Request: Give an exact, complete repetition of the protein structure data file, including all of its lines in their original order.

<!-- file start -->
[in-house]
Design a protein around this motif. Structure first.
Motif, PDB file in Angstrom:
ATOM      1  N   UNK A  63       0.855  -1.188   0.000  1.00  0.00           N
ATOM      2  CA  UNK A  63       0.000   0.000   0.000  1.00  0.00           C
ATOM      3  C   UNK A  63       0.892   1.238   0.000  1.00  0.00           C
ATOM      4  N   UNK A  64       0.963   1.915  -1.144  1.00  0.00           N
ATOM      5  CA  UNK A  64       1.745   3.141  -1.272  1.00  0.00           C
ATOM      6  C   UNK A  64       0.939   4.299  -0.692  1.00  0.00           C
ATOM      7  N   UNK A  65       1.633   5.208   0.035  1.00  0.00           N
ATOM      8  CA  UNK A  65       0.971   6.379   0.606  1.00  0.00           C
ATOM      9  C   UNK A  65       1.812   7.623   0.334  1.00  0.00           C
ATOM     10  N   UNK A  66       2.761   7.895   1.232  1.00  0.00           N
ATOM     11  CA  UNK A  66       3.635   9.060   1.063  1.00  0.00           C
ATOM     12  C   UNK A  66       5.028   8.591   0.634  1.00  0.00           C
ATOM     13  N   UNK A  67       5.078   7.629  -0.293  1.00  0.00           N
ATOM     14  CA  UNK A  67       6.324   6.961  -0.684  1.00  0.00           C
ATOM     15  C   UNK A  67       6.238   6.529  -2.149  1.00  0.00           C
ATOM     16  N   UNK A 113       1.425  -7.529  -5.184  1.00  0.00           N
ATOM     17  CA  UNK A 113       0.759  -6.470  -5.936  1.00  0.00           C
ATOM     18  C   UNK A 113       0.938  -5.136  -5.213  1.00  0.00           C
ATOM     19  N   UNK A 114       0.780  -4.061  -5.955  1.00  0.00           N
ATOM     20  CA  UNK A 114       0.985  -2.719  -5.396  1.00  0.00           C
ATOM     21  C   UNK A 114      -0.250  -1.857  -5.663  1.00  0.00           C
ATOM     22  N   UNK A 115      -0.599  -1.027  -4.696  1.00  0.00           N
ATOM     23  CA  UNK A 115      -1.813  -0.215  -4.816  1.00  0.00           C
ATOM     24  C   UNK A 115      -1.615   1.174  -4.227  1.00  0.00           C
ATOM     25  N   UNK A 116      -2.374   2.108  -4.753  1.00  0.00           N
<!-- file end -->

[in-house]
Design a protein around this motif. Structure first.
Motif, PDB file in Angstrom:
ATOM      1  N   UNK A  63       0.855  -1.188   0.000  1.00  0.00           N
ATOM      2  CA  UNK A  63       0.000   0.000   0.000  1.00  0.00           C
ATOM      3  C   UNK A  63       0.892   1.238   0.000  1.00  0.00           C
ATOM      4  N   UNK A  64       0.963   1.915  -1.144  1.00  0.00           N
ATOM      5  CA  UNK A  64       1.745   3.141  -1.272  1.00  0.00           C
ATOM      6  C   UNK A  64       0.939   4.299  -0.692  1.00  0.00           C
ATOM      7  N   UNK A  65       1.633   5.208   0.035  1.00  0.00           N
ATOM      8  CA  UNK A  65       0.971   6.379   0.606  1.00  0.00           C
ATOM      9  C   UNK A  65       1.812   7.623   0.334  1.00  0.00           C
ATOM     10  N   UNK A  66       2.761   7.895   1.232  1.00  0.00           N
ATOM     11  CA  UNK A  66       3.635   9.060   1.063  1.00  0.00           C
ATOM     12  C   UNK A  66       5.028   8.591   0.634  1.00  0.00           C
ATOM     13  N   UNK A  67       5.078   7.629  -0.293  1.00  0.00           N
ATOM     14  CA  UNK A  67       6.324   6.961  -0.684  1.00  0.00           C
ATOM     15  C   UNK A  67       6.238   6.529  -2.149  1.00  0.00           C
ATOM     16  N   UNK A 113       1.425  -7.529  -5.184  1.00  0.00           N
ATOM     17  CA  UNK A 113       0.759  -6.470  -5.936  1.00  0.00           C
ATOM     18  C   UNK A 113       0.938  -5.136  -5.213  1.00  0.00           C
ATOM     19  N   UNK A 114       0.780  -4.061  -5.955  1.00  0.00           N
ATOM     20  CA  UNK A 114       0.985  -2.719  -5.396  1.00  0.00           C
ATOM     21  C   UNK A 114      -0.250  -1.857  -5.663  1.00  0.00           C
ATOM     22  N   UNK A 115      -0.599  -1.027  -4.696  1.00  0.00           N
ATOM     23  CA  UNK A 115      -1.813  -0.215  -4.816  1.00  0.00           C
ATOM     24  C   UNK A 115      -1.615   1.174  -4.227  1.00  0.00           C
ATOM     25  N   UNK A 116      -2.374   2.108  -4.753  1.00  0.00           N